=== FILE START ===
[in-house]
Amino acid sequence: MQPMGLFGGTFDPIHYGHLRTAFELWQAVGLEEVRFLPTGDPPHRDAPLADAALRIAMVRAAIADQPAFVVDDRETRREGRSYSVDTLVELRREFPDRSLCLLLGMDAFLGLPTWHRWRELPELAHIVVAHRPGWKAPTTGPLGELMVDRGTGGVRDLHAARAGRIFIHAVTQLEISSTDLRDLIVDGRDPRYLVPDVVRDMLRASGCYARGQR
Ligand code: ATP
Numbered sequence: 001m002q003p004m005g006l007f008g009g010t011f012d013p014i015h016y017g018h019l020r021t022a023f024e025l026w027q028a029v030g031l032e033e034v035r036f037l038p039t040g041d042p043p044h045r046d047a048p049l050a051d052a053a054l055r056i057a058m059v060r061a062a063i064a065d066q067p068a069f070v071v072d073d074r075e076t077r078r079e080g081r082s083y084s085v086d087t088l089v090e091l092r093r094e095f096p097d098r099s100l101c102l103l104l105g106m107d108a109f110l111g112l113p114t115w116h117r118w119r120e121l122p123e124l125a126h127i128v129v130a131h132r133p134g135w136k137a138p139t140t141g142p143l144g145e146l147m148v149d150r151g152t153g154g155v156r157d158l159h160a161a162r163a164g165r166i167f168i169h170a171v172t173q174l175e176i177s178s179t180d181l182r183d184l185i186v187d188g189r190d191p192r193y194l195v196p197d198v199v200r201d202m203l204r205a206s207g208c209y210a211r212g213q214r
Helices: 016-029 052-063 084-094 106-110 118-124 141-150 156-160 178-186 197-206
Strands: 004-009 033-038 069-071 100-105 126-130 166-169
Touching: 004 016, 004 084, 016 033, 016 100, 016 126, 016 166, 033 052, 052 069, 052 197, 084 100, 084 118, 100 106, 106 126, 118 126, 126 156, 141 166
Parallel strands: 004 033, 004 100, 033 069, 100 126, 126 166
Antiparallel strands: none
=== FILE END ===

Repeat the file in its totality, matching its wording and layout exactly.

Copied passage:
[in-house]
Amino acid sequence: MQPMGLFGGTFDPIHYGHLRTAFELWQAVGLEEVRFLPTGDPPHRDAPLADAALRIAMVRAAIADQPAFVVDDRETRREGRSYSVDTLVELRREFPDRSLCLLLGMDAFLGLPTWHRWRELPELAHIVVAHRPGWKAPTTGPLGELMVDRGTGGVRDLHAARAGRIFIHAVTQLEISSTDLRDLIVDGRDPRYLVPDVVRDMLRASGCYARGQR
Ligand code: ATP
Numbered sequence: 001m002q003p004m005g006l007f008g009g010t011f012d013p014i015h016y017g018h019l020r021t022a023f024e025l026w027q028a029v030g031l032e033e034v035r036f037l038p039t040g041d042p043p044h045r046d047a048p049l050a051d052a053a054l055r056i057a058m059v060r061a062a063i064a065d066q067p068a069f070v071v072d073d074r075e076t077r078r079e080g081r082s083y084s085v086d087t088l089v090e091l092r093r094e095f096p097d098r099s100l101c102l103l104l105g106m107d108a109f110l111g112l113p114t115w116h117r118w119r120e121l122p123e124l125a126h127i128v129v130a131h132r133p134g135w136k137a138p139t140t141g142p143l144g145e146l147m148v149d150r151g152t153g154g155v156r157d158l159h160a161a162r163a164g165r166i167f168i169h170a171v172t173q174l175e176i177s178s179t180d181l182r183d184l185i186v187d188g189r190d191p192r193y194l195v196p197d198v199v200r201d202m203l204r205a206s207g208c209y210a211r212g213q214r
Helices: 016-029 052-063 084-094 106-110 118-124 141-150 156-160 178-186 197-206
Strands: 004-009 033-038 069-071 100-105 126-130 166-169
Touching: 004 016, 004 084, 016 033, 016 100, 016 126, 016 166, 033 052, 052 069, 052 197, 084 100, 084 118, 100 106, 106 126, 118 126, 126 156, 141 166
Parallel strands: 004 033, 004 100, 033 069, 100 126, 126 166
Antiparallel strands: none